Here's something I was wondering about during Tim Williamson's talk at the Arché Vagueness Workshop yesterday.
Suppose you want to keep bivalence, and you also think that the only way for something to be an aspect of a predicate's meaning is for our use of the predicate to determine that it is (both Williamsonian thoughts, I gather). But you also think it is at least prima facie implausible that usage determines an exact cut-off point for all the vague predicates (a thought pressed against Williamson by McGee and McLaughlin).
We seem to have at least two options.
1: Accept the implausible-sounding claim (with Williamson), or
2: Argue that many of the things we think are vague predicates ('red', 'bald' etc.) are in fact not predicates at all. By bivalence, in order for them to be predicates we would need there to be cut-off points for their application. But it is implausible that our use of these terms determines such cut-off points. And there is nothing else which can do this sort of meaning-constituting work.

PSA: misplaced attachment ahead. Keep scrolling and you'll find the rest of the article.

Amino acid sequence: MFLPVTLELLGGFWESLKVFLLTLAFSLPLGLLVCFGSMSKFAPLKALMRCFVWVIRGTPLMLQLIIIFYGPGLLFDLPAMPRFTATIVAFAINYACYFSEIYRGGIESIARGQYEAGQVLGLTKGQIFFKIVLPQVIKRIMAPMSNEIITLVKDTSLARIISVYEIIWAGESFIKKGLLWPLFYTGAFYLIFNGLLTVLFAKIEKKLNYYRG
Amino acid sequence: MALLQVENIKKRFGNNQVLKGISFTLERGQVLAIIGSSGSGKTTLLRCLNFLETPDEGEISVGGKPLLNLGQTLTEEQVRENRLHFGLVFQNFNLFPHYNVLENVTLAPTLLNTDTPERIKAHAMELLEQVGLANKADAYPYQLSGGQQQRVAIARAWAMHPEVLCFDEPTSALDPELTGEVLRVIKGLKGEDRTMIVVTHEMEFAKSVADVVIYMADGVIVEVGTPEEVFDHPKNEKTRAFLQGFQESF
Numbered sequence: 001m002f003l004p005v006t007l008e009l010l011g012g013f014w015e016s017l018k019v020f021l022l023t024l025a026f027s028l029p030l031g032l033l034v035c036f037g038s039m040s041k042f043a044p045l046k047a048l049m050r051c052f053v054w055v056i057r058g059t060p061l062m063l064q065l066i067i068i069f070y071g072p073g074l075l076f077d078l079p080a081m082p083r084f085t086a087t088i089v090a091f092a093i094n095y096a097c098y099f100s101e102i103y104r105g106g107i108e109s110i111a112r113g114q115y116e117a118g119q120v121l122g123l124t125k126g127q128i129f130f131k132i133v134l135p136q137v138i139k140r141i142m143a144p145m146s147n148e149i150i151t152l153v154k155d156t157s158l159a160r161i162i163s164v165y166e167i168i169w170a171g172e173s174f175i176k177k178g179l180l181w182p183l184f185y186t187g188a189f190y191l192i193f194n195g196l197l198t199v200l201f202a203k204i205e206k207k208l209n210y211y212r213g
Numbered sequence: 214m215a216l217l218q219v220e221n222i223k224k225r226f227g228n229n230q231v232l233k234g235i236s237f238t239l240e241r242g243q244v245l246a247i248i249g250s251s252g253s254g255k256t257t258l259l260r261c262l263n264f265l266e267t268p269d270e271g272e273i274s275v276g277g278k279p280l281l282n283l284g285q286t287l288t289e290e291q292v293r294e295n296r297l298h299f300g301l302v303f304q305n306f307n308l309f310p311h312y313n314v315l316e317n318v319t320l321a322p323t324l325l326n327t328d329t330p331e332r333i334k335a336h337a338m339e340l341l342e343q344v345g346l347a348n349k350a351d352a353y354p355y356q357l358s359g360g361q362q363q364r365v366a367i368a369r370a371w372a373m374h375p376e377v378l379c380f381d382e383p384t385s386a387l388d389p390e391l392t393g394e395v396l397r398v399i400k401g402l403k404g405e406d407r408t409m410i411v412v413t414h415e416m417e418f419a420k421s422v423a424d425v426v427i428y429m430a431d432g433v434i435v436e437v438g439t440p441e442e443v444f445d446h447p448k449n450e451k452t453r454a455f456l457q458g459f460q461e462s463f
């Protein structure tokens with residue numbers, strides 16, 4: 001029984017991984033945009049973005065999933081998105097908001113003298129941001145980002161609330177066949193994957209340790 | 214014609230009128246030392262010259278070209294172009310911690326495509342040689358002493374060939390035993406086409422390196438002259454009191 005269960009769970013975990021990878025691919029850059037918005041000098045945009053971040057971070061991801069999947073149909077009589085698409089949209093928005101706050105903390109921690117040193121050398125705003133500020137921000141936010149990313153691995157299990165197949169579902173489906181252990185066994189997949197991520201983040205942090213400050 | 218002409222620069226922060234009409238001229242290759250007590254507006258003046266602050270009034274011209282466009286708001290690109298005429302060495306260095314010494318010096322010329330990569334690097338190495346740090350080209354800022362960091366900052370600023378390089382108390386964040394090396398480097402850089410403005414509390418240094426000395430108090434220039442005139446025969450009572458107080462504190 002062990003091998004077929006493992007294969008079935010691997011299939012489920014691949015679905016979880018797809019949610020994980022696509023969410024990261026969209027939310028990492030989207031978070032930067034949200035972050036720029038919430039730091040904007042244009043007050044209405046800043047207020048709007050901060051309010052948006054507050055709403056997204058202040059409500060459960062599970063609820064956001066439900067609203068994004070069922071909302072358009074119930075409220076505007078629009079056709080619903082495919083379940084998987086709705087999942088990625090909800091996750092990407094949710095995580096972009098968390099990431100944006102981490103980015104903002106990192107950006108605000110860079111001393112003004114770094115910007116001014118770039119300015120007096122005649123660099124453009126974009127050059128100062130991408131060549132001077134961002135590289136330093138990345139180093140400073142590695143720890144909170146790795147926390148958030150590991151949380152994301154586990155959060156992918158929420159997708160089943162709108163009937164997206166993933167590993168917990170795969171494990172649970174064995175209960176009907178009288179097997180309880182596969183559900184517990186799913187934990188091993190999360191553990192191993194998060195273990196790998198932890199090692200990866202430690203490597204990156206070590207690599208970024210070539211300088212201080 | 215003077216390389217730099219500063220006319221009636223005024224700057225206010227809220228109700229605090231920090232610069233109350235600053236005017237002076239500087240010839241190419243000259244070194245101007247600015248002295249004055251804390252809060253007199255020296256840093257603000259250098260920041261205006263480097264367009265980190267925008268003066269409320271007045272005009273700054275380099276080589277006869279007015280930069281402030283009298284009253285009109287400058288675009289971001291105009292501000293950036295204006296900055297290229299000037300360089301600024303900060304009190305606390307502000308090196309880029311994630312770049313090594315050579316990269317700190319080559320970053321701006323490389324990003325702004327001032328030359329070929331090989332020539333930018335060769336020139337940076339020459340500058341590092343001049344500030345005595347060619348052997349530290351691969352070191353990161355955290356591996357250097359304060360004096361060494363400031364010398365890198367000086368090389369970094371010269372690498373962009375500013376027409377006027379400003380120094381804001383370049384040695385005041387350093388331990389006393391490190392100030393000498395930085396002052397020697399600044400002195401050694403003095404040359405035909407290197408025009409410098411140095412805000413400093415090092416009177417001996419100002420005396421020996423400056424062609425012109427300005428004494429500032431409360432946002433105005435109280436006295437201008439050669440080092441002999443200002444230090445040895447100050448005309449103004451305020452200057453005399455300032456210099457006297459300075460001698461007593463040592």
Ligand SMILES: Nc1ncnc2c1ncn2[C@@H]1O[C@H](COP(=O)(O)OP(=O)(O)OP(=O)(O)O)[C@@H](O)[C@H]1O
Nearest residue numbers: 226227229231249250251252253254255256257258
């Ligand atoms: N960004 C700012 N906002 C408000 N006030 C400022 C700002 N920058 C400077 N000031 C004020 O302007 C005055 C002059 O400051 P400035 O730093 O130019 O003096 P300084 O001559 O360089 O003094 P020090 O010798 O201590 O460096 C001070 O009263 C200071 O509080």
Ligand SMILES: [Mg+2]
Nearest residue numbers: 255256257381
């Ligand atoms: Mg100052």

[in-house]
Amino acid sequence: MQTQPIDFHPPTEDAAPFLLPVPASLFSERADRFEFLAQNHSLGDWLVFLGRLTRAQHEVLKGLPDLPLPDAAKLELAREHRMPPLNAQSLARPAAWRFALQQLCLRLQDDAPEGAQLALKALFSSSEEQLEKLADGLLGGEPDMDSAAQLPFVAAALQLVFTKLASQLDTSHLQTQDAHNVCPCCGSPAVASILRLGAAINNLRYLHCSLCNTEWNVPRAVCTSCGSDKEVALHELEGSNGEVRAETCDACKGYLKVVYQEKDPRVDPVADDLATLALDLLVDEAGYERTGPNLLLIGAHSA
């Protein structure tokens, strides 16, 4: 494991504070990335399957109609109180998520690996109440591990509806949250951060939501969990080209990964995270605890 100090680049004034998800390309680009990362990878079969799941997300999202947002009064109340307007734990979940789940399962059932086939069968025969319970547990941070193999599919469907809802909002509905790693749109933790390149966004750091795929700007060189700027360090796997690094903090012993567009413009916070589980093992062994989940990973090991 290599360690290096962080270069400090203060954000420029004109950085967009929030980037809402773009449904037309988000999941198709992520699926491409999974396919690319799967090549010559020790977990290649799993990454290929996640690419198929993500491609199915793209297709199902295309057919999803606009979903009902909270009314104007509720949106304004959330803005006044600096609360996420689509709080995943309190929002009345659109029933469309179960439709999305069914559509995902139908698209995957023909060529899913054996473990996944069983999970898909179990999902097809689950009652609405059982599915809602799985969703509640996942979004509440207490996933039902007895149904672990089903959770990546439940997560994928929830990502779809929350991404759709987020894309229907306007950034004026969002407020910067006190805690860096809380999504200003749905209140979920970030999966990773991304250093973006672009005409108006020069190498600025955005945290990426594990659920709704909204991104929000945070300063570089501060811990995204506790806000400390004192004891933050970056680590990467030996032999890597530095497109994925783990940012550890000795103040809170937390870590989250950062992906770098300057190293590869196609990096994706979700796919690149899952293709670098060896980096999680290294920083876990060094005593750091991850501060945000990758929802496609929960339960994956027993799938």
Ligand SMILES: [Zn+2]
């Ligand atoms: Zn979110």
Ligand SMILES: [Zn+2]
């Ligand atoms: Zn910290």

It's initially implausible, sure, that words like 'red', 'bald' and so on are not predicates. But my question is: by what sorts of methodological considerations do we weigh this implausibility against that of the claim that usage determines cut-off points for all such terms?
(Incidentally, Williamson mentioned that he talks about Option 2 in his book on vagueness, which I haven't had a chance to look at yet. He obviously has reasons for preferring Option 1, which I will be interested to read.)